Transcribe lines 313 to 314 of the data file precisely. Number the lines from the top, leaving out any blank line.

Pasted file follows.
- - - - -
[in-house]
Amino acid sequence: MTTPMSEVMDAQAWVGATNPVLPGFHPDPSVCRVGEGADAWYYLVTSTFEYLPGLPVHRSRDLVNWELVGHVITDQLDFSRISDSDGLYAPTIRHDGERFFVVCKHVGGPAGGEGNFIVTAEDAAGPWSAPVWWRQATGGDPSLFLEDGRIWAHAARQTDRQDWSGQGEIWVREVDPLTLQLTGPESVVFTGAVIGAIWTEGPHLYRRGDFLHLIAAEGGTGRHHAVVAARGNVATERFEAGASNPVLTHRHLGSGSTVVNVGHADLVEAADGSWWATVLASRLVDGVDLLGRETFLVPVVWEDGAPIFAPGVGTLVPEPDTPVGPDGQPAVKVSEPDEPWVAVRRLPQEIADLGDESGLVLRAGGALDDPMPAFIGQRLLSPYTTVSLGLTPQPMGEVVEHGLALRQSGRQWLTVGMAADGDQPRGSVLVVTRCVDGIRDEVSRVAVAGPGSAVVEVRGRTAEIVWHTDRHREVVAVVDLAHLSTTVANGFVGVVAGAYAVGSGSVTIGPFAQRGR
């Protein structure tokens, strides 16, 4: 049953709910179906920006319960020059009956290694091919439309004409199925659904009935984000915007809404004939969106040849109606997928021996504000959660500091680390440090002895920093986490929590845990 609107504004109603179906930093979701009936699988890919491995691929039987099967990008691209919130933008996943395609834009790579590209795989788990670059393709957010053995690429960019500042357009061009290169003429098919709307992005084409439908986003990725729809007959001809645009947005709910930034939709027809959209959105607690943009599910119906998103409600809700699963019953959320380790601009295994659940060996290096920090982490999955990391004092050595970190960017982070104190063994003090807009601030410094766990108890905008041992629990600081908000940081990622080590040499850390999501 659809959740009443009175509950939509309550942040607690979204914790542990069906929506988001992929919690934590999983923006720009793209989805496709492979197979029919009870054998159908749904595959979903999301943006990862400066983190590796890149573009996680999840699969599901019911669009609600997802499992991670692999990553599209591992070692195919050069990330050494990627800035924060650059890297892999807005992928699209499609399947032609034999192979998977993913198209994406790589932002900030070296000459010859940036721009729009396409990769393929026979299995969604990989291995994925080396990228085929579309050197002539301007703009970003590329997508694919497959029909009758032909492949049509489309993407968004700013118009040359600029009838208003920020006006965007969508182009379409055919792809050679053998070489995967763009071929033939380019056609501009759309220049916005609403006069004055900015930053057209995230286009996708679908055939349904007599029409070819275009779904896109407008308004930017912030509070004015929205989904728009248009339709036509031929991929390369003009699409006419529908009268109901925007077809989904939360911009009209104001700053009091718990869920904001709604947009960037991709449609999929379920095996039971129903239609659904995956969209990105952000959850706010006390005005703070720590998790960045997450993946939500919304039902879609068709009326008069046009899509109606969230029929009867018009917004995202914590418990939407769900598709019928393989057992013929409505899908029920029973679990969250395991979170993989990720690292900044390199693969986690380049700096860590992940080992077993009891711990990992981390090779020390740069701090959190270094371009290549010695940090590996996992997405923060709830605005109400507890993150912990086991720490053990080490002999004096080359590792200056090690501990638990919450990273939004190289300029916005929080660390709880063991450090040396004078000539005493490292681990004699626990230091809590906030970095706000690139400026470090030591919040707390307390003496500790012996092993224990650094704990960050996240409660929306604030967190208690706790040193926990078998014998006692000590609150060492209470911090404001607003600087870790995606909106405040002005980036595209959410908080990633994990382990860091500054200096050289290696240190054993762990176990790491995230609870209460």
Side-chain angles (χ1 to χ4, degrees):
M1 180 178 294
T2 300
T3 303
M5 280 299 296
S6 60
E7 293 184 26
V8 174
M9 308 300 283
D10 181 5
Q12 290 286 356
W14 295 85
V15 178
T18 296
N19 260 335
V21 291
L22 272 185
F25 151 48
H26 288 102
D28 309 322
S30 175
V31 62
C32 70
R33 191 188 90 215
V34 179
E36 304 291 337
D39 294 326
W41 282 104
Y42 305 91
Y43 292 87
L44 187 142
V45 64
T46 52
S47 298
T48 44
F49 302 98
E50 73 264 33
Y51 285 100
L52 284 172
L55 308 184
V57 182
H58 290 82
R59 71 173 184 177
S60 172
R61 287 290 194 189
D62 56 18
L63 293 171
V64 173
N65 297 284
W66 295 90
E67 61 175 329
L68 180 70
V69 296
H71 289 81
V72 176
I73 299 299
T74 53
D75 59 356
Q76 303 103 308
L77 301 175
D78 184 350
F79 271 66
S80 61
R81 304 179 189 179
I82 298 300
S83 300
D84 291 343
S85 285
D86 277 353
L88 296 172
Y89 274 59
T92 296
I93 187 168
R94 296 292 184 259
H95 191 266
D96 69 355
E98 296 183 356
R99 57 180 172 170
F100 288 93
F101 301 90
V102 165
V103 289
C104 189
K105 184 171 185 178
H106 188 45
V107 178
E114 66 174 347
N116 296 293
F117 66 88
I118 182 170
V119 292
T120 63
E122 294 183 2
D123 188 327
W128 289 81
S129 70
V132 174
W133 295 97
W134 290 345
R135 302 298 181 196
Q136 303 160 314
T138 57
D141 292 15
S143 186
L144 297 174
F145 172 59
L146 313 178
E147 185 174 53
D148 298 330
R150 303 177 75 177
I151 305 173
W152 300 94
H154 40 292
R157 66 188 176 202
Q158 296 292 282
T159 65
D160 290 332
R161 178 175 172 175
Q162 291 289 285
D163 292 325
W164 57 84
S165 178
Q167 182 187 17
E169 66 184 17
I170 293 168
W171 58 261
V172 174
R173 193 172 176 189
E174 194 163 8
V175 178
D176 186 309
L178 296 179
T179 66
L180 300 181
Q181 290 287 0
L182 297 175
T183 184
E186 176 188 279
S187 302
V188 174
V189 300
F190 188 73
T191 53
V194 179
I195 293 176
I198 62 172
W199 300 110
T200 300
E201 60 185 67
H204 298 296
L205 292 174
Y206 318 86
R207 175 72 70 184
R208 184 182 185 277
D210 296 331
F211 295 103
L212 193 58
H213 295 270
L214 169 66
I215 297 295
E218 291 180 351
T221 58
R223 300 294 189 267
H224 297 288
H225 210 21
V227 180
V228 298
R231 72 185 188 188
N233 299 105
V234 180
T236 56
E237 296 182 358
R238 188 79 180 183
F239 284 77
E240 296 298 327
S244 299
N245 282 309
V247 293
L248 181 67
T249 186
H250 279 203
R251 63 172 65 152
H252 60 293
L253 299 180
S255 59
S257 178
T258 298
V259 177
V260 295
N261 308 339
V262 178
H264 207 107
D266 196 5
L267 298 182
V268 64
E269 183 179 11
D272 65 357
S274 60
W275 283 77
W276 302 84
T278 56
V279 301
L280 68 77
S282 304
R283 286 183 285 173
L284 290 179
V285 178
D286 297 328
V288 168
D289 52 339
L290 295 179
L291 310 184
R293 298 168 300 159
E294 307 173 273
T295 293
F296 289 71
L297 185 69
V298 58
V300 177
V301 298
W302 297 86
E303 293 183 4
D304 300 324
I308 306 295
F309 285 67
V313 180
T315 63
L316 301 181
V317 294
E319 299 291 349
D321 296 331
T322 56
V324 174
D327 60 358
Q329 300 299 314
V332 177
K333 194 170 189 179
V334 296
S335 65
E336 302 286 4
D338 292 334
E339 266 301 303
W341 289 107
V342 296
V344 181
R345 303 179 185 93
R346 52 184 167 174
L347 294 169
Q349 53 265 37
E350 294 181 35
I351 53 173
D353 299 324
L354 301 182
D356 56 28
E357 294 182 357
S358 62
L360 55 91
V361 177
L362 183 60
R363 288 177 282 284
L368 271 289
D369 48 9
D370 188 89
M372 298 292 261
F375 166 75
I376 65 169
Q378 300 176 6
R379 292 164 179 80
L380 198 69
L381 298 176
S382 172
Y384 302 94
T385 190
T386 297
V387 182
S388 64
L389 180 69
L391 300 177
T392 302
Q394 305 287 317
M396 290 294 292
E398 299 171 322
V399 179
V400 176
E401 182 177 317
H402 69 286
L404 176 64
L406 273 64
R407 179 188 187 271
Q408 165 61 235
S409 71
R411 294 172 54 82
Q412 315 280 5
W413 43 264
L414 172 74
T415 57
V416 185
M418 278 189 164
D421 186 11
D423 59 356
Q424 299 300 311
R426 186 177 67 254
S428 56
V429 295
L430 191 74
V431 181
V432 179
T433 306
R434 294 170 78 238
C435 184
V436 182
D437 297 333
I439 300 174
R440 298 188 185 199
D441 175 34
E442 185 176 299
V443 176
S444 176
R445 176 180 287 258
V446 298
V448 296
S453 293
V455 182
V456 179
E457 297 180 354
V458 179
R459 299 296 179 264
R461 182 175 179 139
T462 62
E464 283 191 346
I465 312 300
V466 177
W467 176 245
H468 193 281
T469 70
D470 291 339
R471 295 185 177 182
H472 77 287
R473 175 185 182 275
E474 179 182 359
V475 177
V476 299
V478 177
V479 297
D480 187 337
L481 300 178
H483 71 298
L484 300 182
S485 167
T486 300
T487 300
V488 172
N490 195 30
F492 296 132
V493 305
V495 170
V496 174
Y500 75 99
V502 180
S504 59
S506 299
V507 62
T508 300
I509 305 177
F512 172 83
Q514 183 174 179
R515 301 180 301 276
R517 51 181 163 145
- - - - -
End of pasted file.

C435 184
V436 182